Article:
in their communities.
Signature solution 2: Strengthen effective, inclusive and accountable governance
Efforts to address gender equality and women’s empowerment have a positive impact on the quality of
governance and the effectiveness of institutions. These measures include advancing women’s political
participation as voters and candidates, adopting legal, policy and institutional reforms to remove gender-based
discrimination in laws, labor markets and access to and control over assets and services. Response and prevention
of gender-based violence contributes to sustainable peace and security as it not only affects the victims and
survivors, but their families, communities as well as their productivity and participation in civic life.
Signature solution 3: Enhance national prevention and recovery capacities for resilient societies
Gender equality and women’s empowerment are integral to building individual, institutional and societal
resilience. Systemic inequalities, especially those between women and men in the economic, social and political
spheres, exacerbate the impact of economic, natural and political shocks, which impedes sustainable recovery
and durable peace. Strengthening the resilience of women enables countries to better respond to crisis and to
ensure they do not exacerbate gender inequalities (e.g. by increasing women’s unpaid work responsibilities or
increased gender-based violence). When crisis preparedness, prevention and recovery processes, including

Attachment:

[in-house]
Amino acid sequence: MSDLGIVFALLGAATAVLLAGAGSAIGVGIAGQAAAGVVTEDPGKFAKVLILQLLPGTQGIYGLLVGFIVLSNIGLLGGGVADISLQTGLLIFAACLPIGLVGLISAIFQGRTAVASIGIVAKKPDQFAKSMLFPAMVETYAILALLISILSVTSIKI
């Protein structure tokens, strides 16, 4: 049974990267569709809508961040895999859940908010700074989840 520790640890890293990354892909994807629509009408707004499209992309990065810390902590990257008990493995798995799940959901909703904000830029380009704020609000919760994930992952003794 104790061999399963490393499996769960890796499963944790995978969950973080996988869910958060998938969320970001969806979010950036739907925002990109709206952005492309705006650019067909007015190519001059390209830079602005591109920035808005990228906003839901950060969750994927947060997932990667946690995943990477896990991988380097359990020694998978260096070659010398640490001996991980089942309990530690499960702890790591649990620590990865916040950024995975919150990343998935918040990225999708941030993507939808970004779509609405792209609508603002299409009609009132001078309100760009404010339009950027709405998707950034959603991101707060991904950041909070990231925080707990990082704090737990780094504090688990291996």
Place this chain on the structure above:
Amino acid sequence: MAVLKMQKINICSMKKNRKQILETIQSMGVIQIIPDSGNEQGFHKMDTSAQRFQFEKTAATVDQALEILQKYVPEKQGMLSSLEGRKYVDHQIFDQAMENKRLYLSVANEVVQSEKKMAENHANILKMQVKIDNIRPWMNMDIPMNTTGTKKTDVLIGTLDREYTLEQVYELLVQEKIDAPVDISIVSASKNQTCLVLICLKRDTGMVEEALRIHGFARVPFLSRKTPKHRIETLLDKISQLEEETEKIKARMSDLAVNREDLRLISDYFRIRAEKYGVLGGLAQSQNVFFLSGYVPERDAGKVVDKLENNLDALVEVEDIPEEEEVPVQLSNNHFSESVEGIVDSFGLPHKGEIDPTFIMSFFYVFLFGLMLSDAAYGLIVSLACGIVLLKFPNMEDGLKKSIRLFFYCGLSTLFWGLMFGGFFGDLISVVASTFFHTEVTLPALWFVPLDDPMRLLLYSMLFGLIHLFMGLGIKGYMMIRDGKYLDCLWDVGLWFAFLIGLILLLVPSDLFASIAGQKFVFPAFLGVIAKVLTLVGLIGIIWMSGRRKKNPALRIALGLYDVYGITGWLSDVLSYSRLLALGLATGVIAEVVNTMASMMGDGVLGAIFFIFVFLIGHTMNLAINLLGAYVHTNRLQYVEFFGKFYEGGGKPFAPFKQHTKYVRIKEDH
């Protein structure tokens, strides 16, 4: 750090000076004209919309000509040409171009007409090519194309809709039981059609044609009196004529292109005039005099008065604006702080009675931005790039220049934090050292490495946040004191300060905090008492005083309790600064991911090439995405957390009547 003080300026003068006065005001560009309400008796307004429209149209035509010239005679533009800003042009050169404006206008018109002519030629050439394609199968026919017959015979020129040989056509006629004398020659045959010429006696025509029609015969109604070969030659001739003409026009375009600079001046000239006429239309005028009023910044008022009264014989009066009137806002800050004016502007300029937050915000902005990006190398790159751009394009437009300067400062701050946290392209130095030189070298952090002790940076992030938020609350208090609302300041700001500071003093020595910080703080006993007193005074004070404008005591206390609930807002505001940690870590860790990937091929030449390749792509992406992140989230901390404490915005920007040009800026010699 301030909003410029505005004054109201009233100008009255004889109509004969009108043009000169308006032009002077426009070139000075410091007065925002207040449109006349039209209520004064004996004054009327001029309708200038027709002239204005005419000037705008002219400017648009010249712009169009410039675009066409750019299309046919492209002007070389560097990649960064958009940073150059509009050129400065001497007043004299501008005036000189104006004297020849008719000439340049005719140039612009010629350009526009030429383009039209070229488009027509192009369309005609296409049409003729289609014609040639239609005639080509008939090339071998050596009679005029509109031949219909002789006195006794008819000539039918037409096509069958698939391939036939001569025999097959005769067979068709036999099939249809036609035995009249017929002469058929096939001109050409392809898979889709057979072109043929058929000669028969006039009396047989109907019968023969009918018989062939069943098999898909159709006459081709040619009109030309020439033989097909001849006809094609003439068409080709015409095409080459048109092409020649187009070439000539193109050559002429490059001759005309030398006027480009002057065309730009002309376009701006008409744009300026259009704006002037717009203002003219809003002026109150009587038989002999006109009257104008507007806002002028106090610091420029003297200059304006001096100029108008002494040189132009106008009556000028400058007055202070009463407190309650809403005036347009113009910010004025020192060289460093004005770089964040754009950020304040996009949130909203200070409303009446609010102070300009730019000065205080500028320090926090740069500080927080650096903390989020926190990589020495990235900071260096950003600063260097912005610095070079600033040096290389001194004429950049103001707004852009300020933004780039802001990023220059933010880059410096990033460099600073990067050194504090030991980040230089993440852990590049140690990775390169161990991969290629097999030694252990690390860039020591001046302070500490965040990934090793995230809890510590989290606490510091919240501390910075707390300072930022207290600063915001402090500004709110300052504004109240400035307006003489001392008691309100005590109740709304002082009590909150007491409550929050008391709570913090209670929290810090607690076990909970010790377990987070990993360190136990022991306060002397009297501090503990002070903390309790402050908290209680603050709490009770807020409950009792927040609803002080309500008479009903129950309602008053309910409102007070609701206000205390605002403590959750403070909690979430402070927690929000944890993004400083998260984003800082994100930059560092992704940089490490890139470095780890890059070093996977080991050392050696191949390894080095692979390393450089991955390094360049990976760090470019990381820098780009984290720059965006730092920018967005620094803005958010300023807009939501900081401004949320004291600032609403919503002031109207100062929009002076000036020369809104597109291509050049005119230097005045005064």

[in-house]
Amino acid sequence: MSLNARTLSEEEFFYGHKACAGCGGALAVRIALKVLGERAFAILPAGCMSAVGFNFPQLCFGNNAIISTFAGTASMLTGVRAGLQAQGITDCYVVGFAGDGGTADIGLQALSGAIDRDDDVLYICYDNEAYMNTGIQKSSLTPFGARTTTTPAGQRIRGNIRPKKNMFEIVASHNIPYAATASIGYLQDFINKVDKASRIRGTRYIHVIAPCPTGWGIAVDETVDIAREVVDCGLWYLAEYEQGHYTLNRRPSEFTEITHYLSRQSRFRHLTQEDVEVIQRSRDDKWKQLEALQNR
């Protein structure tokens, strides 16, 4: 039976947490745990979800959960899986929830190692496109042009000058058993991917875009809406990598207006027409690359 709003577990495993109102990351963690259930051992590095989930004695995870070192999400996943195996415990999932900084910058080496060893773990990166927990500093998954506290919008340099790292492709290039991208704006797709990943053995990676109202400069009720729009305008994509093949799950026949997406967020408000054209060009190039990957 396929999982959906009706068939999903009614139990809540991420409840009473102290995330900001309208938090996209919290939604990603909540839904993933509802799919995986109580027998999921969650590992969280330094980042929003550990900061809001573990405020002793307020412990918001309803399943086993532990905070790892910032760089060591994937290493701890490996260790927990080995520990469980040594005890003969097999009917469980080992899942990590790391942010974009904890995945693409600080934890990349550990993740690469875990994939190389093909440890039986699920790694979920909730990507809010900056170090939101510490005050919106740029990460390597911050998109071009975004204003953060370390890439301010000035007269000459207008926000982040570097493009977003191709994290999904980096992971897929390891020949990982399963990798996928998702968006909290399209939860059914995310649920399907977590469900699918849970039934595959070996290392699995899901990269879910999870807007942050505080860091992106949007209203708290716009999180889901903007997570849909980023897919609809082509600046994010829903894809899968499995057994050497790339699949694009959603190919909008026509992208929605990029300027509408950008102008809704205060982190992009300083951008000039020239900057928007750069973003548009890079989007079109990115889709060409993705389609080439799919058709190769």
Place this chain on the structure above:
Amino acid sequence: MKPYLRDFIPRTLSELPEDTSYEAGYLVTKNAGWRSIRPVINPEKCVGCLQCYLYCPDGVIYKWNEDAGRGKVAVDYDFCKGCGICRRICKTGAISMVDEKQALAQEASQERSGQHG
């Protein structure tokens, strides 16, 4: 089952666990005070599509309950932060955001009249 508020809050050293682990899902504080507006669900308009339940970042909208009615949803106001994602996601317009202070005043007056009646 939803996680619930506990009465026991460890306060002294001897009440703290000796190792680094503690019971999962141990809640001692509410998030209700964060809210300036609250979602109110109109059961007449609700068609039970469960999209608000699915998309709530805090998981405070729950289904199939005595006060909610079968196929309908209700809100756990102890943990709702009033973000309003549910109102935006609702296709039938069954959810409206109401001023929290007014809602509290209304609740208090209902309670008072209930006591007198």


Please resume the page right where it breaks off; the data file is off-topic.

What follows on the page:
restoration of governance institutions, meet the needs of women as well as men and advance gender equality,
communities can “build back better” and become more resilient.
Signature Solution 4: Promote nature-based solutions for a sustainable planet
Women play key roles in the management of natural resources, and are also primary custodians of knowledge on
nature-based solutions. They are key in agricultural production and for food security but are constrained by their
unequal access to property, assets and finance. Conversely nature-based solutions provide a direct pathway to
gender equality by enabling women to utilize and sustainably manage resources (e.g. cultivate, gather and/or
harvest crops, livestock and wild foods). Nature’s goods and services are important to women for subsistence,
livelihoods and jobs, and increasing access to resources, including water, is important for reducing their burden
of unpaid care work.

28
McKinsey Global Institute
31
Signature solution 5: Close the energy gap
When energy solutions, services and infrastructure are designed in a gender-responsive manner, chances of
adoption are increased. Access to clean and affordable energy has an important gender impact, creating better
conditions for education, business opportunities for women themselves and communities overall. It also reduces
the burden of unpaid care associated with fetching wood, for example, and enables time-saving household
technologies such as refrigeration. It reduces negative health effects of polluting energy sources and reduce the
care burden on women. It can also enhance safety and security in public spaces enabling women to participate
more actively in public life.

32